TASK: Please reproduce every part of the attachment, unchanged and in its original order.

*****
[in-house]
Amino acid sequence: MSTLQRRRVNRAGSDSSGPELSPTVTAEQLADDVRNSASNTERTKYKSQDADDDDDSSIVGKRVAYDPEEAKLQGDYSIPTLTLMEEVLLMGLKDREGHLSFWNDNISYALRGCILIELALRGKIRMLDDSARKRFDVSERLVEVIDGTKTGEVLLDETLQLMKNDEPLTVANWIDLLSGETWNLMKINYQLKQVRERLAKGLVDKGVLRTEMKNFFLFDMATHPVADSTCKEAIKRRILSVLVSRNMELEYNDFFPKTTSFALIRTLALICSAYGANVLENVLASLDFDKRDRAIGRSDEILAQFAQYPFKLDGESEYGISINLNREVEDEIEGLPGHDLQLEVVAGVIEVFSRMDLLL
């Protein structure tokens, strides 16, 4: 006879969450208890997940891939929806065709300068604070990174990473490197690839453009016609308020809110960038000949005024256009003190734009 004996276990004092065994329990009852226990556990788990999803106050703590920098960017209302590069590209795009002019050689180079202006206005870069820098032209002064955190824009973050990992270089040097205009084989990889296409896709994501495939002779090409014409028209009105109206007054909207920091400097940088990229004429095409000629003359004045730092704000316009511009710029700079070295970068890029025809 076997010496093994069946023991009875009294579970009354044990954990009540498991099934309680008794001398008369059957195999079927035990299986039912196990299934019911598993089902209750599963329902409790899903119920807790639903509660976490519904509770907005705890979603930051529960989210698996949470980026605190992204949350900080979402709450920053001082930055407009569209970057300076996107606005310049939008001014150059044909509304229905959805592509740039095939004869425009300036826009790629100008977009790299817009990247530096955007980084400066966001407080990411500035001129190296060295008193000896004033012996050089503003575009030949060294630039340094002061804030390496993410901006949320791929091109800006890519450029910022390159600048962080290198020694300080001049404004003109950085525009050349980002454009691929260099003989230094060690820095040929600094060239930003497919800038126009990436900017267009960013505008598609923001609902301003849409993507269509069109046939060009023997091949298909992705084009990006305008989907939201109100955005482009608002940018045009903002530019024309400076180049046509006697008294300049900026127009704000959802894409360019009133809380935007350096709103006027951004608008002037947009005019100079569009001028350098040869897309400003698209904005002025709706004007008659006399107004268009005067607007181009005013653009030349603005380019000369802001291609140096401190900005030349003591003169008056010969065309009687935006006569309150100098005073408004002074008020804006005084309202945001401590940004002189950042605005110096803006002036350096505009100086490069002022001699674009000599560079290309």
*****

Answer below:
[in-house]
Amino acid sequence: MSTLQRRRVNRAGSDSSGPELSPTVTAEQLADDVRNSASNTERTKYKSQDADDDDDSSIVGKRVAYDPEEAKLQGDYSIPTLTLMEEVLLMGLKDREGHLSFWNDNISYALRGCILIELALRGKIRMLDDSARKRFDVSERLVEVIDGTKTGEVLLDETLQLMKNDEPLTVANWIDLLSGETWNLMKINYQLKQVRERLAKGLVDKGVLRTEMKNFFLFDMATHPVADSTCKEAIKRRILSVLVSRNMELEYNDFFPKTTSFALIRTLALICSAYGANVLENVLASLDFDKRDRAIGRSDEILAQFAQYPFKLDGESEYGISINLNREVEDEIEGLPGHDLQLEVVAGVIEVFSRMDLLL
């Protein structure tokens, strides 16, 4: 006879969450208890997940891939929806065709300068604070990174990473490197690839453009016609308020809110960038000949005024256009003190734009 004996276990004092065994329990009852226990556990788990999803106050703590920098960017209302590069590209795009002019050689180079202006206005870069820098032209002064955190824009973050990992270089040097205009084989990889296409896709994501495939002779090409014409028209009105109206007054909207920091400097940088990229004429095409000629003359004045730092704000316009511009710029700079070295970068890029025809 076997010496093994069946023991009875009294579970009354044990954990009540498991099934309680008794001398008369059957195999079927035990299986039912196990299934019911598993089902209750599963329902409790899903119920807790639903509660976490519904509770907005705890979603930051529960989210698996949470980026605190992204949350900080979402709450920053001082930055407009569209970057300076996107606005310049939008001014150059044909509304229905959805592509740039095939004869425009300036826009790629100008977009790299817009990247530096955007980084400066966001407080990411500035001129190296060295008193000896004033012996050089503003575009030949060294630039340094002061804030390496993410901006949320791929091109800006890519450029910022390159600048962080290198020694300080001049404004003109950085525009050349980002454009691929260099003989230094060690820095040929600094060239930003497919800038126009990436900017267009960013505008598609923001609902301003849409993507269509069109046939060009023997091949298909992705084009990006305008989907939201109100955005482009608002940018045009903002530019024309400076180049046509006697008294300049900026127009704000959802894409360019009133809380935007350096709103006027951004608008002037947009005019100079569009001028350098040869897309400003698209904005002025709706004007008659006399107004268009005067607007181009005013653009030349603005380019000369802001291609140096401190900005030349003591003169008056010969065309009687935006006569309150100098005073408004002074008020804006005084309202945001401590940004002189950042605005110096803006002036350096505009100086490069002022001699674009000599560079290309």